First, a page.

The cost of Deferred Action and cost of ending Deferred Action

Diana Wong, a 27-year-old San Francisco resident, came to America with her family when she was 5 years old and has lived here ever since. Wong’s parents were originally from China and later fled to Mexico, where she was born. Wong is undocumented.

On the “DreamSF” Facebook page, there is a profile of Wong that was featured on “World Journal” recently. While growing up, Wong says that “[e]very time I was requested to present my Mexican passport, I was helpless and scared.” She graduated from high school but was unable to go to college due to financial limitations. As an undocumented person, she could apply to college but was not eligible for financial aid. So Wong found herself on the outside looking in as her friends and classmates headed to college and applied for jobs. She felt like a criminal, “despite the fact that he/she is innocent of a crime.”

Wong applied for Deferred Action for Childhood Arrivals in 2012. After receiving deferred status, she procured a social security number and enrolled in college. Today, she is employed as an outreach coordinator at a nonprofit agency that assists immigrants and low-income families.

It is pretty evident that DACA, implemented by President Barack Obama in 2012, has tremendous assimilative and economic benefits for recipients. Its statement of intent itself should be indicative of that. DACA provides temporary relief from deportation and work authorization for a period of two years for individuals who: came to the United States before reaching age 16; have continuously resided in the U.S. since June 15, 2007; were under age 31 as of June 15, 2012; and have graduated from high school or are currently in school.

Tom K. Wong, assistant professor of political science at UC San Diego, conducted a study along with the National Immigration Law Center and the Center for American Progress in June 2015 on whether DACA improved the lives of its recipients. Most significantly, 92 percent “pursued educational opportunities [they] previously could not”; 89 percent got a driver’s license or state ID; 57 percent reported getting jobs that suited their education and training; and 69 percent got a better job with better pay.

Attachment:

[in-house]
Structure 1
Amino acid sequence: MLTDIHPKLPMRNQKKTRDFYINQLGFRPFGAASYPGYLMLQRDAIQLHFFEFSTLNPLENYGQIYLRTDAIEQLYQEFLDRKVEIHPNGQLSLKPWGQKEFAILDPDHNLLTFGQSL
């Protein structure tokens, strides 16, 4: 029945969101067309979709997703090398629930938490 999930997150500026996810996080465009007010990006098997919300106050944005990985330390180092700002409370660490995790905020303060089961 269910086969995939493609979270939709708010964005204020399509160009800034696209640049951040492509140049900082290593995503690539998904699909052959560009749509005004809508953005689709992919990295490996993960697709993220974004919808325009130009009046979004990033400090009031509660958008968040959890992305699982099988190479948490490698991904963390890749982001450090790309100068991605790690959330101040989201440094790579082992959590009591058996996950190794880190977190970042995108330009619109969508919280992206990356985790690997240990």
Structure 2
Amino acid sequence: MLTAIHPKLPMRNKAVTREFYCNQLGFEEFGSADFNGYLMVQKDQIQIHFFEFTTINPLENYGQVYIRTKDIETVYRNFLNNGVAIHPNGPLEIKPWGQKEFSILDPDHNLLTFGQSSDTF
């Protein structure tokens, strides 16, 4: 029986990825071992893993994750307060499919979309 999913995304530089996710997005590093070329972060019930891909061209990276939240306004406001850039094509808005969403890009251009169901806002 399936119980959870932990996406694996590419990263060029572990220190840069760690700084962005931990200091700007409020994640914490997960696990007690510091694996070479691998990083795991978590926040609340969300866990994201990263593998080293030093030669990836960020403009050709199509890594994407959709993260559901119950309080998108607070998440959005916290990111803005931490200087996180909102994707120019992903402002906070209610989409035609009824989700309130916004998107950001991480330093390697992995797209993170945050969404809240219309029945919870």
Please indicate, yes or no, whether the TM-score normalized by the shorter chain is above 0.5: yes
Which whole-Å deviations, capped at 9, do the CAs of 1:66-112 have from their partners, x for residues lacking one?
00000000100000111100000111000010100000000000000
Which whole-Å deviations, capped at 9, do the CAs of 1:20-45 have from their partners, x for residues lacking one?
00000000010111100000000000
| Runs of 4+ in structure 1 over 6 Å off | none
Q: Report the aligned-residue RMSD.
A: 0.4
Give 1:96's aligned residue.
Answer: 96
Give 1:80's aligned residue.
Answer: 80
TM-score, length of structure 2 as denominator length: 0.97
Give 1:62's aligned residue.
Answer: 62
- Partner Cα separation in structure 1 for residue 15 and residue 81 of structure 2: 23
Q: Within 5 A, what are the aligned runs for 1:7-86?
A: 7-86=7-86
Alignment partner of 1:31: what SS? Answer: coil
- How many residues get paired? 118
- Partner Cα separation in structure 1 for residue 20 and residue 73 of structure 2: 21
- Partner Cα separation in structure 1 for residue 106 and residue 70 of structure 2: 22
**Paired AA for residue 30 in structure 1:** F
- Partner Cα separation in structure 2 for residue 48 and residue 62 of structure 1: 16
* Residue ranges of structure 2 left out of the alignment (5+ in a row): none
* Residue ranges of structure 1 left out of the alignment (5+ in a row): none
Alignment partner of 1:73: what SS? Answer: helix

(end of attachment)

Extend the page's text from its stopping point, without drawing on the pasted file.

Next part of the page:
What do these percentages really mean for you and me?

According to the Migration Policy Institute, from 2012 to 2016, 741,546 individuals were granted DACA, creating 21,433 average new jobs per year, adding $86 billion to the gross domestic product and, specifically, providing a cumulative income increase of $46 billion for all Americans. So, it’s not just DACA recipients who see their income grow. It’s all of us — you and me, too.

And MPI projects that if the program continues for the next 10 years, there will be an average of 28,814 jobs created per year, increasing the income of all Americans by $124 billion. The Social Security Administration projects that $41 billion will be added as new tax revenue over 10 years and payroll tax revenues will rise by $22.6 billion over five years.

Well, that’s the benefit. But what’s the cost of implementing the program, you ask?

From 2012 to March 2016, there have been 868,615 applications received. We must factor in the costs of administering these applications. There’s also the cost of counseling and advocacy services for applicants, but in a city like San Francisco, much of that is taken on by the thriving service and infrastructure community, partly funded by The City and partly by foundations.

It is clearly evident that the benefits far outweigh the costs. So how would it look if DACA were dissolved, let go, cut, terminated?

For one, Diana Wong, would be dismissed from her job. Her employer has reportedly stated that if DACA were to be rescinded, they don’t know where they will find another person like Wong who speaks English, Cantonese and Spanish and has first-hand knowledge, as well as a deep understanding, of immigrant issues.

In a report by Immigrant Legal Resource Center and Jose Magana-Salgado released Dec. 13, 87 percent of DACA recipients — 645,145 individuals — are employed with businesses. If DACA were to be cut, these individuals, like Diana Wong, would be out of a job. Just the turnover cost for businesses is estimated at $3.4 billion. Social Security and Medicare would see a tax revenue reduction of $24.6 billion, and the GDP would see a drop to the tune of $433.4 billion in a decade.

There’s another cost, infinitely more dear. It’s the emotional, sociological and psychological cost of people among us losing jobs, facing deportation, worrying about what’s around the corner and not having viable options. It’s the cost of folks being put back on the fear wagon.

Diana Wong urges those who are concerned that DACA will be rescinded to hold strong.

“Don’t think of it as a step back, that it means going back to the shadows,” she said. “We’ve come too far and there is no going back. DACA wasn’t given to us without us fighting for it. For those who are younger, someone before you organized, spoke out, and fought for DACA. This is a time again for work to be done as we face this uncertain future.”

America, in my view, consistently ups the fairness quotient with programs and policies that enhance our acclaimed diversity and community. DACA is one of them. It is not a program that exploits. Rather, it enables the well-being of our immigrant communities and our society in general. It is the right program for the right people. We must keep it going.

Jaya Padmanabhan can be reached at Twitter: @jayapadmanabhan. In Brown Type covers immigrant issues in San Francisco.

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